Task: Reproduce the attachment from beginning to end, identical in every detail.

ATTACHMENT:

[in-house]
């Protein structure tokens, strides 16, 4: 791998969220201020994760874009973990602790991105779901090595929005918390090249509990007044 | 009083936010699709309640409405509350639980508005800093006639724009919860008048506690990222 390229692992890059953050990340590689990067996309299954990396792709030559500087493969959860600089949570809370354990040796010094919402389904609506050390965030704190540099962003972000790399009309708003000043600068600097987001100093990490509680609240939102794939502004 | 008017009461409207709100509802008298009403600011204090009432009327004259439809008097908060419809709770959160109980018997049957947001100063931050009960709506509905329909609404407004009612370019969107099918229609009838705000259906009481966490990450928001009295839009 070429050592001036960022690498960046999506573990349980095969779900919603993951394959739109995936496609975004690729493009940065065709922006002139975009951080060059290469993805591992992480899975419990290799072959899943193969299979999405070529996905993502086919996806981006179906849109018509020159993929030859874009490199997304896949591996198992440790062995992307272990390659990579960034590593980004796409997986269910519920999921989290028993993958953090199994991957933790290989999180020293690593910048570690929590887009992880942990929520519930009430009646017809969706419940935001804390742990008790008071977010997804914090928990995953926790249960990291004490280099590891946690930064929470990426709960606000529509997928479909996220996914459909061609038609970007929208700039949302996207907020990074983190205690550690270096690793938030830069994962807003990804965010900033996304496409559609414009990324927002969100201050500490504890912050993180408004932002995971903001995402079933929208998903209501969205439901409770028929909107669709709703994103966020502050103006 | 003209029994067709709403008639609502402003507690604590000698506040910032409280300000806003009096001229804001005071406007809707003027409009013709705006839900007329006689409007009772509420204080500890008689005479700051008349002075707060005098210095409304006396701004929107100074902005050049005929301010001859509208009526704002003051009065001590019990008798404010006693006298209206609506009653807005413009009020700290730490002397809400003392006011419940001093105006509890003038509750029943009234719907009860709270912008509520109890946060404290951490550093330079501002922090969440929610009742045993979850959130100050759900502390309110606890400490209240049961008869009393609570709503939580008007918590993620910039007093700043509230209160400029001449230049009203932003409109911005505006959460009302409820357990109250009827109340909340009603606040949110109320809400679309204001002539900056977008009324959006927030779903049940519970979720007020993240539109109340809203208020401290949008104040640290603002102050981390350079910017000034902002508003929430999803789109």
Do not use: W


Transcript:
[in-house]
């Protein structure tokens, strides 16, 4: 791998969220201020994760874009973990602790991105779901090595929005918390090249509990007044 | 009083936010699709309640409405509350639980508005800093006639724009919860008048506690990222 390229692992890059953050990340590689990067996309299954990396792709030559500087493969959860600089949570809370354990040796010094919402389904609506050390965030704190540099962003972000790399009309708003000043600068600097987001100093990490509680609240939102794939502004 | 008017009461409207709100509802008298009403600011204090009432009327004259439809008097908060419809709770959160109980018997049957947001100063931050009960709506509905329909609404407004009612370019969107099918229609009838705000259906009481966490990450928001009295839009 070429050592001036960022690498960046999506573990349980095969779900919603993951394959739109995936496609975004690729493009940065065709922006002139975009951080060059290469993805591992992480899975419990290799072959899943193969299979999405070529996905993502086919996806981006179906849109018509020159993929030859874009490199997304896949591996198992440790062995992307272990390659990579960034590593980004796409997986269910519920999921989290028993993958953090199994991957933790290989999180020293690593910048570690929590887009992880942990929520519930009430009646017809969706419940935001804390742990008790008071977010997804914090928990995953926790249960990291004490280099590891946690930064929470990426709960606000529509997928479909996220996914459909061609038609970007929208700039949302996207907020990074983190205690550690270096690793938030830069994962807003990804965010900033996304496409559609414009990324927002969100201050500490504890912050993180408004932002995971903001995402079933929208998903209501969205439901409770028929909107669709709703994103966020502050103006 | 003209029994067709709403008639609502402003507690604590000698506040910032409280300000806003009096001229804001005071406007809707003027409009013709705006839900007329006689409007009772509420204080500890008689005479700051008349002075707060005098210095409304006396701004929107100074902005050049005929301010001859509208009526704002003051009065001590019990008798404010006693006298209206609506009653807005413009009020700290730490002397809400003392006011419940001093105006509890003038509750029943009234719907009860709270912008509520109890946060404290951490550093330079501002922090969440929610009742045993979850959130100050759900502390309110606890400490209240049961008869009393609570709503939580008007918590993620910039007093700043509230209160400029001449230049009203932003409109911005505006959460009302409820357990109250009827109340909340009603606040949110109320809400679309204001002539900056977008009324959006927030779903049940519970979720007020993240539109109340809203208020401290949008104040640290603002102050981390350079910017000034902002508003929430999803789109």
Do not use: W